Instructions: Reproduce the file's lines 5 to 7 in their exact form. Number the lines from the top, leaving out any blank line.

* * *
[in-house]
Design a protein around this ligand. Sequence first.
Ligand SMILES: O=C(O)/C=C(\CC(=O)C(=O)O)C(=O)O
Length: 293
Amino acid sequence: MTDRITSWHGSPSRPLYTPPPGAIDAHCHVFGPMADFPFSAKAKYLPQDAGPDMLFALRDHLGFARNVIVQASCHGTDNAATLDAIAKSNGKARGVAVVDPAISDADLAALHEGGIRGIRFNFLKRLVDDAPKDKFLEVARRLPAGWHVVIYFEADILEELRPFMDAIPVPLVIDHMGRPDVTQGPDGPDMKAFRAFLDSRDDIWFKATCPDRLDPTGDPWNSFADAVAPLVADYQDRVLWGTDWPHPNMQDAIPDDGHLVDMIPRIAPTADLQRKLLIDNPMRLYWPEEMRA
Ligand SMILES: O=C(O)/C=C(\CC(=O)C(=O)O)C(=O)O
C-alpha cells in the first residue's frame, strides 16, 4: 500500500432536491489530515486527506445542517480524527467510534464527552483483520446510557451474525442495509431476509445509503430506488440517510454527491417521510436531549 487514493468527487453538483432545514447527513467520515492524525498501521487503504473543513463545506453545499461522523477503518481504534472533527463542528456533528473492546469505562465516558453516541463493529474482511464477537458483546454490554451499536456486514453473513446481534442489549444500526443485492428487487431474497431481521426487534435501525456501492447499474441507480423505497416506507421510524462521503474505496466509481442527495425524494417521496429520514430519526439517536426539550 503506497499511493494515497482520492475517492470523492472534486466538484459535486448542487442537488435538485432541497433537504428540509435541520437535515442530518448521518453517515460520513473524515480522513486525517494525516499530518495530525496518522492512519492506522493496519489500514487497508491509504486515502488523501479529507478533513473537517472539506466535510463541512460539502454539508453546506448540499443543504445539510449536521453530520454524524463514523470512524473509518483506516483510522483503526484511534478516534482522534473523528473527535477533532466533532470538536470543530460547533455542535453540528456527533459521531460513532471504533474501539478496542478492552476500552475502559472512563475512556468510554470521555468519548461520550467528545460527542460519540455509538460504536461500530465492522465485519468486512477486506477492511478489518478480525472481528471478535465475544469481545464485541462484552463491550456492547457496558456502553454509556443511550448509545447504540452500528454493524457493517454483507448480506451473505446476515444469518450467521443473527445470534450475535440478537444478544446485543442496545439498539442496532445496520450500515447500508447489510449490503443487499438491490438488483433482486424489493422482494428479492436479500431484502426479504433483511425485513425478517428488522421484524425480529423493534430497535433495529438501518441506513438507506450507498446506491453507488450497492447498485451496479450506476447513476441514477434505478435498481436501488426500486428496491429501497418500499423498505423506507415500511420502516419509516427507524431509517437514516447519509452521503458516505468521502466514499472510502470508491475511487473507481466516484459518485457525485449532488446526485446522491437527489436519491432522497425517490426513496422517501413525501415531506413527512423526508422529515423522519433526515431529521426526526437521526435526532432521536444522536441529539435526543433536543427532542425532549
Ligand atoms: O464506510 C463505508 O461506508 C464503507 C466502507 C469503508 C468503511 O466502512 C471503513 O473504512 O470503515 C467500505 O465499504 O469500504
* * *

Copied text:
Amino acid sequence: MTDRITSWHGSPSRPLYTPPPGAIDAHCHVFGPMADFPFSAKAKYLPQDAGPDMLFALRDHLGFARNVIVQASCHGTDNAATLDAIAKSNGKARGVAVVDPAISDADLAALHEGGIRGIRFNFLKRLVDDAPKDKFLEVARRLPAGWHVVIYFEADILEELRPFMDAIPVPLVIDHMGRPDVTQGPDGPDMKAFRAFLDSRDDIWFKATCPDRLDPTGDPWNSFADAVAPLVADYQDRVLWGTDWPHPNMQDAIPDDGHLVDMIPRIAPTADLQRKLLIDNPMRLYWPEEMRA
Ligand SMILES: O=C(O)/C=C(\CC(=O)C(=O)O)C(=O)O
C-alpha cells in the first residue's frame, strides 16, 4: 500500500432536491489530515486527506445542517480524527467510534464527552483483520446510557451474525442495509431476509445509503430506488440517510454527491417521510436531549 487514493468527487453538483432545514447527513467520515492524525498501521487503504473543513463545506453545499461522523477503518481504534472533527463542528456533528473492546469505562465516558453516541463493529474482511464477537458483546454490554451499536456486514453473513446481534442489549444500526443485492428487487431474497431481521426487534435501525456501492447499474441507480423505497416506507421510524462521503474505496466509481442527495425524494417521496429520514430519526439517536426539550 503506497499511493494515497482520492475517492470523492472534486466538484459535486448542487442537488435538485432541497433537504428540509435541520437535515442530518448521518453517515460520513473524515480522513486525517494525516499530518495530525496518522492512519492506522493496519489500514487497508491509504486515502488523501479529507478533513473537517472539506466535510463541512460539502454539508453546506448540499443543504445539510449536521453530520454524524463514523470512524473509518483506516483510522483503526484511534478516534482522534473523528473527535477533532466533532470538536470543530460547533455542535453540528456527533459521531460513532471504533474501539478496542478492552476500552475502559472512563475512556468510554470521555468519548461520550467528545460527542460519540455509538460504536461500530465492522465485519468486512477486506477492511478489518478480525472481528471478535465475544469481545464485541462484552463491550456492547457496558456502553454509556443511550448509545447504540452500528454493524457493517454483507448480506451473505446476515444469518450467521443473527445470534450475535440478537444478544446485543442496545439498539442496532445496520450500515447500508447489510449490503443487499438491490438488483433482486424489493422482494428479492436479500431484502426479504433483511425485513425478517428488522421484524425480529423493534430497535433495529438501518441506513438507506450507498446506491453507488450497492447498485451496479450506476447513476441514477434505478435498481436501488426500486428496491429501497418500499423498505423506507415500511420502516419509516427507524431509517437514516447519509452521503458516505468521502466514499472510502470508491475511487473507481466516484459518485457525485449532488446526485446522491437527489436519491432522497425517490426513496422517501413525501415531506413527512423526508422529515423522519433526515431529521426526526437521526435526532432521536444522536441529539435526543433536543427532542425532549